Historically, people living with disabilities have been the subject of research, not the researchers themselves. But last year more than 40 of the people involved in research at the Donald Beasley Institute had lived experience of disability.
The Donald Beasley Institute (DBI) is recognised nationally and internationally as a leader in the field of disability research with a commitment to ethical, inclusive and transformative research and projects that promote the rights of disabled people.
Two of its five permanent staff identify as disabled, and in 2019 it trained, employed or contracted more than 40 people with disabilities to carry out research activities. Their roles include senior staff, working group members, disability rights monitors, consultants, coders, transcribers, artists and writers. Where possible all the researchers are paid competitive salaries and fees.
The DBI began in the 1970s when a group of people, including the institute’s namesake paediatrician Donald Beasley, recognised the world was changing for people with disabilities. Deinstitutionalisation was on the horizon and families were demanding better supports and services for their disabled members.
Responding to this rapidly evolving environment, the DBI was initially established to promote contemporary thinking and research that would enhance the way disabled people were supported in New Zealand. Initially this was achieved by drawing on overseas research, hosting international scholars, and education events.
However, DBI recognised that greater change could be achieved by conducting disability research focused within the New Zealand context. Over its 36-year history, it has not only contributed important research pertaining to the lives and rights of disabled people, but also spearheaded inclusive methodologies which prioritise the voices of disabled people as researchers and experts themselves.
Director Dr Brigit Mirfin-Veitch says, “One of the most important, enjoyable and rewarding parts of my role is having the opportunity to mentor disabled researchers. I am passionate about research and I love to see that same passion grow in emerging researchers. I am proud of the part the DBI has played over many years in assisting disabled researchers both to develop their skills, and to navigate the competitive and complex research environment in Aotearoa New Zealand.”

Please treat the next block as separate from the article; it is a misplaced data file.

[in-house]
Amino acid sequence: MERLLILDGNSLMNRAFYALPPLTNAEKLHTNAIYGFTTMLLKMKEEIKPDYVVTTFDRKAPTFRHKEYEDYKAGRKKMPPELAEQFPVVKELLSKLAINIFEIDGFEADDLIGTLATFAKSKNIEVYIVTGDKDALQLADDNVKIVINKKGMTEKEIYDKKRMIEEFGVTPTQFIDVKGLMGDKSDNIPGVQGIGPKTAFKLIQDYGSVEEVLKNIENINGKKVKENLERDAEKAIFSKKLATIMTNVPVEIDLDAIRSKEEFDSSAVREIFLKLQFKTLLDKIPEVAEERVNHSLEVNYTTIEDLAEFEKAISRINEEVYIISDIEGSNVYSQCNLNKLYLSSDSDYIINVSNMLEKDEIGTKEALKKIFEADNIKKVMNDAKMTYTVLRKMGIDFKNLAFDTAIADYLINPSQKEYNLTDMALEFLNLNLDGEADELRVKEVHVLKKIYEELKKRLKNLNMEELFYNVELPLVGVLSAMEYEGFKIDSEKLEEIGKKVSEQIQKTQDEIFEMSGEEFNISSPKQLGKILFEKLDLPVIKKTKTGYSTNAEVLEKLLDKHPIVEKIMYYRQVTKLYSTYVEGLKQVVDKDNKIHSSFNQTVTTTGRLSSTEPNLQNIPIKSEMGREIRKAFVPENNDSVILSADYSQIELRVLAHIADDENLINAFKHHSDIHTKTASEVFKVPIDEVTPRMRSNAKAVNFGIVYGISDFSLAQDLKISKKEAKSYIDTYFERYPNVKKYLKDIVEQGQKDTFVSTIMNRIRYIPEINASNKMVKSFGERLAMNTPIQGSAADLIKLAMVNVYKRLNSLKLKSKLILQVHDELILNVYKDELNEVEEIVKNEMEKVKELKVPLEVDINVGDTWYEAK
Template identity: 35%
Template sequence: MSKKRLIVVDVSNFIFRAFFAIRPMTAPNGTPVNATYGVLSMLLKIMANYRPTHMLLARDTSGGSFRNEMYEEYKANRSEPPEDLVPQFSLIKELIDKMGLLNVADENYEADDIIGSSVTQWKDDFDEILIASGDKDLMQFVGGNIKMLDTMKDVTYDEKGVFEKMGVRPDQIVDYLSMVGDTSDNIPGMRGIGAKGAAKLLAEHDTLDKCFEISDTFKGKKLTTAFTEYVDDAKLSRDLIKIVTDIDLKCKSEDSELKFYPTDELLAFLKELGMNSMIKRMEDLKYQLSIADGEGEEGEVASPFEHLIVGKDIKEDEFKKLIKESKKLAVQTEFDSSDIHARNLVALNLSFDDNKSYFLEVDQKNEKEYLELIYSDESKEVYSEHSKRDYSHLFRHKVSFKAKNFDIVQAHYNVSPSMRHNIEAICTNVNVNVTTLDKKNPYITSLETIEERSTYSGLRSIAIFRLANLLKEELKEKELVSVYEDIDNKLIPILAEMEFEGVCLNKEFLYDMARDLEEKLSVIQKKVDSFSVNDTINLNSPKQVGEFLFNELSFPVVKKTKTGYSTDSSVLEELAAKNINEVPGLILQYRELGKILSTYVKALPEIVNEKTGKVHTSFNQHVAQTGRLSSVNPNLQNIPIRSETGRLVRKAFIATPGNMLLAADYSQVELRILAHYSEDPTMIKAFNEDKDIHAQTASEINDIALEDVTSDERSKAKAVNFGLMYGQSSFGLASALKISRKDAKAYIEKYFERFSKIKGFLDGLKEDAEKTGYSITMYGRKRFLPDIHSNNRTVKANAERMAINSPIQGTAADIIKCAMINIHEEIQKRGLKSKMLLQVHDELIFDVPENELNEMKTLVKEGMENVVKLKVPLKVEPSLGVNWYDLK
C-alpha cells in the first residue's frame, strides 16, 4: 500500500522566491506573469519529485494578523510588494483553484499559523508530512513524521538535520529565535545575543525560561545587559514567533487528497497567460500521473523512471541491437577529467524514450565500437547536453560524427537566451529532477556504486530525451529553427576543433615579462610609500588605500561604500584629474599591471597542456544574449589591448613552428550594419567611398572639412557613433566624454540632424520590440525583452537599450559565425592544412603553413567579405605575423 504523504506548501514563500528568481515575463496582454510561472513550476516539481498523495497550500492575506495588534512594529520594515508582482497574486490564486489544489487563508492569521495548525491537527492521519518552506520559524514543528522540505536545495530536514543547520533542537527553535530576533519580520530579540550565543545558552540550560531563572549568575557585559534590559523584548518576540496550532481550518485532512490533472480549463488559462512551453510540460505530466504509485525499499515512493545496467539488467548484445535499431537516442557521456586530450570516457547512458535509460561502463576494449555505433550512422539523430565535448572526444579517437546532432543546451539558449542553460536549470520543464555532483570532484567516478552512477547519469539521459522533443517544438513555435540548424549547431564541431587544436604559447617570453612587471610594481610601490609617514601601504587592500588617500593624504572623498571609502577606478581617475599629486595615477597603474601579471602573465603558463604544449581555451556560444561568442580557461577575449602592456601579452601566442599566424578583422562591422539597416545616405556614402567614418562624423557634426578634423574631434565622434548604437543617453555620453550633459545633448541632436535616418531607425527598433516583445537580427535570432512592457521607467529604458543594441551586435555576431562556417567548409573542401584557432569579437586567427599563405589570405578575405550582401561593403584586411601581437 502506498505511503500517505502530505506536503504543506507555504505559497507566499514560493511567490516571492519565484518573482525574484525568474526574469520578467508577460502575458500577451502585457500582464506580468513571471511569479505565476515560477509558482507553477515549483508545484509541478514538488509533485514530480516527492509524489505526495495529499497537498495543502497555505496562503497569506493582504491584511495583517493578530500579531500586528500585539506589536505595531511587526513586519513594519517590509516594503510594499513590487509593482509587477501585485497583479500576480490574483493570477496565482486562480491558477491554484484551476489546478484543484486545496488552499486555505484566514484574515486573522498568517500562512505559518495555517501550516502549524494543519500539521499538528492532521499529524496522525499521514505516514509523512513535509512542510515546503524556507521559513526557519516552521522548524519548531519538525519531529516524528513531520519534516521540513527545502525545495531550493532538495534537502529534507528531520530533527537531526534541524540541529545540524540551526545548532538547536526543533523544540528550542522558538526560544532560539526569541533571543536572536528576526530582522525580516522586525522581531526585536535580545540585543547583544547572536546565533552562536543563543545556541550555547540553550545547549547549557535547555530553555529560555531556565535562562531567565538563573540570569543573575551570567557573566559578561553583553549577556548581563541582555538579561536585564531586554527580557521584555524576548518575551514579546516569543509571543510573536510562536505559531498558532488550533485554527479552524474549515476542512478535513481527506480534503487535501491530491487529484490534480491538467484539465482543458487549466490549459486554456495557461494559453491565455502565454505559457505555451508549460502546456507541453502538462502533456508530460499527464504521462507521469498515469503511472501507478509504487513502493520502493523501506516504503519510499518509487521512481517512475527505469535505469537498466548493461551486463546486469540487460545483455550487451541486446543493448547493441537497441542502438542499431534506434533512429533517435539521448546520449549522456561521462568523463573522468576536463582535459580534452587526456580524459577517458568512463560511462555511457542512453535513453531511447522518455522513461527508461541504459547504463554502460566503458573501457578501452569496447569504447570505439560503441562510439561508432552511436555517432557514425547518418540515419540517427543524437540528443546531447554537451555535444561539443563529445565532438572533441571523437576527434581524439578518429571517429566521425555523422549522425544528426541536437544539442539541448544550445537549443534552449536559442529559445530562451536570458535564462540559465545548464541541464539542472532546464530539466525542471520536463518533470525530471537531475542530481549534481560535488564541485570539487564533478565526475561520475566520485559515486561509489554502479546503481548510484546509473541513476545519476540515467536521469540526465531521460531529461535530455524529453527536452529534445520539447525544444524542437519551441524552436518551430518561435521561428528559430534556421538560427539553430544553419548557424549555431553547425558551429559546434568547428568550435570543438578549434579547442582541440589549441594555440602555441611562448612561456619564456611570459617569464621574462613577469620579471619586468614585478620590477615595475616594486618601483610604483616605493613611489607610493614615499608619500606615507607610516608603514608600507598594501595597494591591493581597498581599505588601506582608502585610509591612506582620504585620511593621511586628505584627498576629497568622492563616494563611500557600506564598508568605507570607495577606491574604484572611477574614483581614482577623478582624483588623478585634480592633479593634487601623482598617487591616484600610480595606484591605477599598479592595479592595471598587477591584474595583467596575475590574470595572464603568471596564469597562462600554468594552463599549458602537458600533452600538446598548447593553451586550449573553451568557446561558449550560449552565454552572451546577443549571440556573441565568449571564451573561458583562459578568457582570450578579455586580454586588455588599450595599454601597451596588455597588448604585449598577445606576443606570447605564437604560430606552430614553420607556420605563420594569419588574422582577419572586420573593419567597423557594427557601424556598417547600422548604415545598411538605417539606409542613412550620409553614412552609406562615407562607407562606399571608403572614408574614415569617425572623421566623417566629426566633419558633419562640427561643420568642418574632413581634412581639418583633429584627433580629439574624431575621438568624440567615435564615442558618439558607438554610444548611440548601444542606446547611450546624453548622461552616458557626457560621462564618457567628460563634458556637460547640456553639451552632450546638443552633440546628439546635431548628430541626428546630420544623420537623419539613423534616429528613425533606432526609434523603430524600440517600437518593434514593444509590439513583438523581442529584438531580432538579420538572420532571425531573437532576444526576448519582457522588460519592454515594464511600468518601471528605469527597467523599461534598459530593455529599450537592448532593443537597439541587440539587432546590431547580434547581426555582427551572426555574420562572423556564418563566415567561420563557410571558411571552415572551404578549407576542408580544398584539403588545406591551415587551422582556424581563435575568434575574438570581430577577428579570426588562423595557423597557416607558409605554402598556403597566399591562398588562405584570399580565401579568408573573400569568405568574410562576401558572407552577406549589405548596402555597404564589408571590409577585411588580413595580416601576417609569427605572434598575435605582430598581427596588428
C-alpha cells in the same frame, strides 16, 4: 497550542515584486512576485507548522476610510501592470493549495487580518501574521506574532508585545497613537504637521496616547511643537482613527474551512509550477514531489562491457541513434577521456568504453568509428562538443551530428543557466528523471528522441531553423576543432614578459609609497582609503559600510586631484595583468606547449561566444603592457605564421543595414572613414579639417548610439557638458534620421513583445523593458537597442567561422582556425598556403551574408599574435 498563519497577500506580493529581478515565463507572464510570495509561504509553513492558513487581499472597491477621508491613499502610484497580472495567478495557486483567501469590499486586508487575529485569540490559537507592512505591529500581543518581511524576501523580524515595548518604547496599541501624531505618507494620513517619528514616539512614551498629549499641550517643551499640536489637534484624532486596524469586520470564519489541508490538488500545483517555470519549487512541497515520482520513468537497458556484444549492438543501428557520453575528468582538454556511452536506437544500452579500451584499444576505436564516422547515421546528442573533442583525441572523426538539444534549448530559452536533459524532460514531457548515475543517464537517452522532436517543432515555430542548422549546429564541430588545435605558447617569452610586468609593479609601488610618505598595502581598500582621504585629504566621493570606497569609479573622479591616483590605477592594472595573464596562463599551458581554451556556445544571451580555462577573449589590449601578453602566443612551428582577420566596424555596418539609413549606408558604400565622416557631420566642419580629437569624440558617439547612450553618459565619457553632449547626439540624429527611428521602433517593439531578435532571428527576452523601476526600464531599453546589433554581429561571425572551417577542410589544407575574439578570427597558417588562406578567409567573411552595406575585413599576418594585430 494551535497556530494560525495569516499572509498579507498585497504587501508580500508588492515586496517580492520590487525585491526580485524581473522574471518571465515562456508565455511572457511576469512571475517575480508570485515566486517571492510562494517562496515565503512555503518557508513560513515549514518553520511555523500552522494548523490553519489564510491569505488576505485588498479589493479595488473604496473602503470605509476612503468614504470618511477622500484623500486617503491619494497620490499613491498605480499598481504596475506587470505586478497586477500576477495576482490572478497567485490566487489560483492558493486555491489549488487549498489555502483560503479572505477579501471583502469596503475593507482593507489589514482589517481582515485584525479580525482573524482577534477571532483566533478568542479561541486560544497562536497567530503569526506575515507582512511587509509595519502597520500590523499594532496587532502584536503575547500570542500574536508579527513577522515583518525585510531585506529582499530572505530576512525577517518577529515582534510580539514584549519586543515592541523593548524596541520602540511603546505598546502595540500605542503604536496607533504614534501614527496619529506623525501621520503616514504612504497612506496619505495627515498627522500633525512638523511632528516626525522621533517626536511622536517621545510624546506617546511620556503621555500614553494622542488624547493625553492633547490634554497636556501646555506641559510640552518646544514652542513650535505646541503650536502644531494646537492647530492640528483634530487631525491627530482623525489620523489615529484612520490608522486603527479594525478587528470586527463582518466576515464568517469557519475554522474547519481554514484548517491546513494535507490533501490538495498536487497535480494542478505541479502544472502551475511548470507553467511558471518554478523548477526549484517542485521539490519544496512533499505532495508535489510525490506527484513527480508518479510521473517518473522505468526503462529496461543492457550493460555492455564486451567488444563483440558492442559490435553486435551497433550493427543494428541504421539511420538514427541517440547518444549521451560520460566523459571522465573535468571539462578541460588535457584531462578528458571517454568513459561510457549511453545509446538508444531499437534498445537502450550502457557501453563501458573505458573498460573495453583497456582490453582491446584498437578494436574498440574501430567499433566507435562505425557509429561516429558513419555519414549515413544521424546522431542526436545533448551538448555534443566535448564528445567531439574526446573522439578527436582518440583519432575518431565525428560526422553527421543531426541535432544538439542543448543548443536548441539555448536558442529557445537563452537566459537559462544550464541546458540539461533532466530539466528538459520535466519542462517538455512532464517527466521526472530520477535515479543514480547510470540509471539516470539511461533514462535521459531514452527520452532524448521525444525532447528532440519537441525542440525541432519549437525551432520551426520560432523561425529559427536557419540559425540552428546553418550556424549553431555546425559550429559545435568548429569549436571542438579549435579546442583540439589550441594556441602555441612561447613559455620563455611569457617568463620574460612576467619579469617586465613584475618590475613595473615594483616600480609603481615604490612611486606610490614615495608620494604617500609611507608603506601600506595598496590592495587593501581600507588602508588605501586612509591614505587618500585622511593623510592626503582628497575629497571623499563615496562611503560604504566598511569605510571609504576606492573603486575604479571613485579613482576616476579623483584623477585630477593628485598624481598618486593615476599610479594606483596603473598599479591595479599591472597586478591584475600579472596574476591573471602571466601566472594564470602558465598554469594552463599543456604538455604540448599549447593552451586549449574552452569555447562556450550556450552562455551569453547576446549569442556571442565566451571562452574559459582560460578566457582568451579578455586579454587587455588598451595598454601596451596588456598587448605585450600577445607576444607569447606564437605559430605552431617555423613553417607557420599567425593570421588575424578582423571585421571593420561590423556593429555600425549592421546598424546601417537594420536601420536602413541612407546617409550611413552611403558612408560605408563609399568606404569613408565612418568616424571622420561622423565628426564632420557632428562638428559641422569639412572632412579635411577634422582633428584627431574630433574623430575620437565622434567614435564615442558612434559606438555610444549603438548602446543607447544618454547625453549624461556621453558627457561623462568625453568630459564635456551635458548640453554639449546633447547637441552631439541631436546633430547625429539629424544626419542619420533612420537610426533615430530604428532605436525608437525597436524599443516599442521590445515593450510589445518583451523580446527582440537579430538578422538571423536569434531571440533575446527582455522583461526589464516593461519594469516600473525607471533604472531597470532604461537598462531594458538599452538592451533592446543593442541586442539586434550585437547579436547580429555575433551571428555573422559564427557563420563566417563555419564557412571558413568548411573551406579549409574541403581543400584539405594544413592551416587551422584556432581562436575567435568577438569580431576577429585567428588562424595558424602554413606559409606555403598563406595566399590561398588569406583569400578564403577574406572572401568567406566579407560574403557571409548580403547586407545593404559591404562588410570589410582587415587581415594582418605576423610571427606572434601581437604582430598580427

Dr Mirfin-Veitch has gone to great lengths to foster the development of disabled researchers (particularly women with disabilities), which she has achieved by taking early career researchers and students under her wing and mentoring them through a highly competitive and academic industry.
She says flexibility around staff hours, how they work and where they work from, is a key aspect of maintaining a positive and inclusive work environment.
Senior Researcher Dr Robbie Francis Watene says, “Even though DBI is based in Dunedin, I work remotely from my home in Auckland. As a disabled person, this flexibility has been amazing as it has allowed me to maintain the relationships I have developed with my local health specialists. There is complete trust amongst the team. Even if we have hospital appointments, or other commitments, we are simply trusted to get the job done. Not only does DBI value me as a disabled employee, but it has launched me into a career I never dreamed possible, in a way I never thought possible.”
In the recently published research project Mean As!, people with learning disabilities worked together as storytellers and researchers to create an online library of stories about sexuality and relationships.
Darryl White has a learning disability and was a co-researcher on the project. “I was a bit nervous about becoming a researcher, but really enjoyed the chance it gave me to be the helpful and supportive person I want to be. Slowly I came to trust my own voice and in the end found the chance this work gave me to express my views very rewarding,” he says.
The DBI has consistently secured contracts to ensure its ongoing operation. This research funding has steadily increased, despite existing in a very competitive research funding environment.